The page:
For many people, the thought of eating ham brings to mind sweet, glazed hams eaten at holiday dinners. However, as a protein source, ham can be consumed in a variety of ways that don’t require you to add sugar or another type of sweetener. Even with its high sodium content, a serving of ham is an excellent source of protein and other vitamins and minerals. Can diabetics eat honey baked ham? The answer is yes! In fact, there are several ways that you can enjoy this nutritious protein without sabotaging your blood sugar control efforts. In this article we will answer the question “Can diabetics eat honey baked ham?” as well as provide some ideas on how to make it part of your healthy diet plan. Keep reading to learn more…
What Is Honey Baked Ham?
Ham is the meat from the hind leg of a pig. It is often roasted, baked, or smoked. Traditionally, it is eaten on holidays and special occasions. While honey baked ham is a specific product, it can also refer to any ham with a glaze or other sweet topping. Honey baked ham is made using a honey glaze that includes brown sugar, corn syrup, and other flavorings. Honey baked ham is often served as a sandwich at parties and events. It is also a standard menu item in restaurants. Vegans, vegetarians, and people with diabetes should be aware that not all honey baked hams are vegetarian. While the ham itself is vegetarian, some restaurants will use honey in their baked beans, coleslaw, or other side dishes. If you are a vegan or diabetic, ask to see the ingredients list on any baked goods before ordering.
Benefits of Eating Honey Baked Ham
As with any protein source, the main advantage to enjoying ham is its high protein content. A single serving of ham provides nearly 20 grams of protein. The sodium and fat content of ham makes it a less than ideal source of protein for people with diabetes. The high sodium content can increase blood pressure and the high fat content can increase your risk of heart disease. In addition to protein, ham is a good source of niacin and other B vitamins. It also contains iron, zinc, and several minerals. Along with its nutritional benefits, the smell of ham is often associated with special occasions and gatherings.
How to Make Ham More Diabetes-Friendly
If you are diabetic, you know that you can’t eat all the same foods as everyone else. However, even people without diabetes should practice portion control and pay attention to the sodium content of their food. When you are eating ham for a meal or in a sandwich, you should choose a portion that contains no more than 3-4 oz. You can make ham more diabetes friendly by choosing other sources of protein, such as eggs or beans, as part of your meal. To make ham less fatty, you can reduce its fat content by removing the skin. You can also reduce the fat content by eating the ham without the glaze or topping. Avoid adding sugar and other sweeteners to your ham, and instead use mustard and other condiments to add flavor.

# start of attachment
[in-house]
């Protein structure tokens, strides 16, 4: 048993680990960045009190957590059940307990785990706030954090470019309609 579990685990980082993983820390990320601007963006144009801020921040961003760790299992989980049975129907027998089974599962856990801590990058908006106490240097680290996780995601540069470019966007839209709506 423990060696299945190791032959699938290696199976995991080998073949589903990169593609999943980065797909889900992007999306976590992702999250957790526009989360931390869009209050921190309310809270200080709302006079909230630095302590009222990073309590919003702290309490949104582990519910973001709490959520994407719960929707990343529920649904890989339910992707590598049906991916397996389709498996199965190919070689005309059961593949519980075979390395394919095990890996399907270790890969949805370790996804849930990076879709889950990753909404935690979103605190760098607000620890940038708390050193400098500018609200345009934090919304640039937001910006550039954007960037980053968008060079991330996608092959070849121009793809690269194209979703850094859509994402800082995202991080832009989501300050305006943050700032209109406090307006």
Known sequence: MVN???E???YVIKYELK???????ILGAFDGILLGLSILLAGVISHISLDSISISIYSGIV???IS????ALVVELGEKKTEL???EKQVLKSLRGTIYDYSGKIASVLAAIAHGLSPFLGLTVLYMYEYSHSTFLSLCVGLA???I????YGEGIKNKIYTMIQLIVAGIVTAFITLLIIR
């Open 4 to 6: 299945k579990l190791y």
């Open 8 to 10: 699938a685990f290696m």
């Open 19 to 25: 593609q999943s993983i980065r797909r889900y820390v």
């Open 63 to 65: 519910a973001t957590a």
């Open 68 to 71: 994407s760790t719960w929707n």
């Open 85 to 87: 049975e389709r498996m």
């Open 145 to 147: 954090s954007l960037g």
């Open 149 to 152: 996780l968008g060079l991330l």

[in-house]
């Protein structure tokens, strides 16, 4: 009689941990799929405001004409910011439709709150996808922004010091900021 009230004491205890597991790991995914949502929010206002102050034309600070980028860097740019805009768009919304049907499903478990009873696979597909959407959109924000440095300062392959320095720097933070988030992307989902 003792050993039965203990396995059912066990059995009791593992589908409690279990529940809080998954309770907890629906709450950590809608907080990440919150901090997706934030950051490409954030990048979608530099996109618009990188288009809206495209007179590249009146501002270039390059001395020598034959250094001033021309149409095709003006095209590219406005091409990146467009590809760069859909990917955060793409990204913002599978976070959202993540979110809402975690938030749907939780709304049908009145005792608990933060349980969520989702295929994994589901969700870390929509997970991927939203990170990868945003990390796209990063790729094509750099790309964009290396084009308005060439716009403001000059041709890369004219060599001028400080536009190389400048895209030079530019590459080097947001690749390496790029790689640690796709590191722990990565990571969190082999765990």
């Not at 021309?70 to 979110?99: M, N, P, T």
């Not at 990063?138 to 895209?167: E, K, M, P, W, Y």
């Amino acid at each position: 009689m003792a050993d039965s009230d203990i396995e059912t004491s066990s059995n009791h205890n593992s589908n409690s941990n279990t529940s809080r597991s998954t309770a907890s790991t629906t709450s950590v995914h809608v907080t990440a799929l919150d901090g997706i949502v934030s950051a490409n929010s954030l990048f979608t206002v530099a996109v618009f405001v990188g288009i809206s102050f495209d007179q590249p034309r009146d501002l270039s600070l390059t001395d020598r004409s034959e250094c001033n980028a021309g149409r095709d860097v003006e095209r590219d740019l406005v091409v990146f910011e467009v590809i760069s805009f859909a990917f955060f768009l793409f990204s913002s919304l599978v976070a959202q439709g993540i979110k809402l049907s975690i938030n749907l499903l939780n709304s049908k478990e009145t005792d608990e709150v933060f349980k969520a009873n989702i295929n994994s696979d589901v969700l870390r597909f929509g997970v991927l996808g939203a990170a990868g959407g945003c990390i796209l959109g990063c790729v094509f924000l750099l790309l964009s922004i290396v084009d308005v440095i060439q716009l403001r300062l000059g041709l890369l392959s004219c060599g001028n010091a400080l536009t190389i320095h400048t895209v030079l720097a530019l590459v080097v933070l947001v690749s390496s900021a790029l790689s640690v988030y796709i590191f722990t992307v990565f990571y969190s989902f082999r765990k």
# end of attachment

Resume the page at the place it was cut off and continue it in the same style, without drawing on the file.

Why Can’t Diabetics Eat All the Same Foods?
Because diabetes is a metabolism disorder, people with the condition must pay extra attention to their diet. While most people can eat a variety of foods, diabetics must limit their intake of certain foods to stay healthy and manage their disease. Carbohydrates like grains, vegetables, and beans have a low glycemic index and don’t significantly raise blood sugar. Other protein sources, such as fish, have a low GI as well. The high GI foods that diabetics should avoid include potatoes, corn, and other starchy vegetables, grains, and sugars, as well as certain dairy products, nuts, and legumes. While diabetics can’t ignore all foods with a high GI, it is important to pay extra attention to these items.
Tips for Choosing and Storing Ham
If you are diabetic, you should always read the nutrition facts panel on packaged ham to see its fat, salt, and sugar content. You should also check the ingredients to make sure that the ham doesn’t contain any added sweeteners or other ingredients that you cannot eat. You can store ham in the refrigerator for several weeks. Ham can also be frozen for long-term storage. When choosing a ham, opt for dark meat or shank ham if possible. These contain less fat than other types of ham. You can also trim away some of the fat from the ham before you begin to eat it. Ham can be eaten alone, added to salads and sandwiches, or added to casseroles, soups, and other dishes.
Final Words: The Takeaway
Honey baked ham is a glazed protein source that is often eaten on holidays and special occasions. While the ham itself is a nutritious protein source, it is also very high in sodium and fat. This makes it an unhealthy choice for people with diabetes who must be careful about their carb intake. However, there are many ways to make it more diabetes-friendly, such as removing the skin, choosing dark meat if possible, and avoiding added sweeteners. In addition, there is a wide range of ways that you can eat it. So, there’s no reason why diabetic people can’t enjoy the taste and texture of honey baked ham!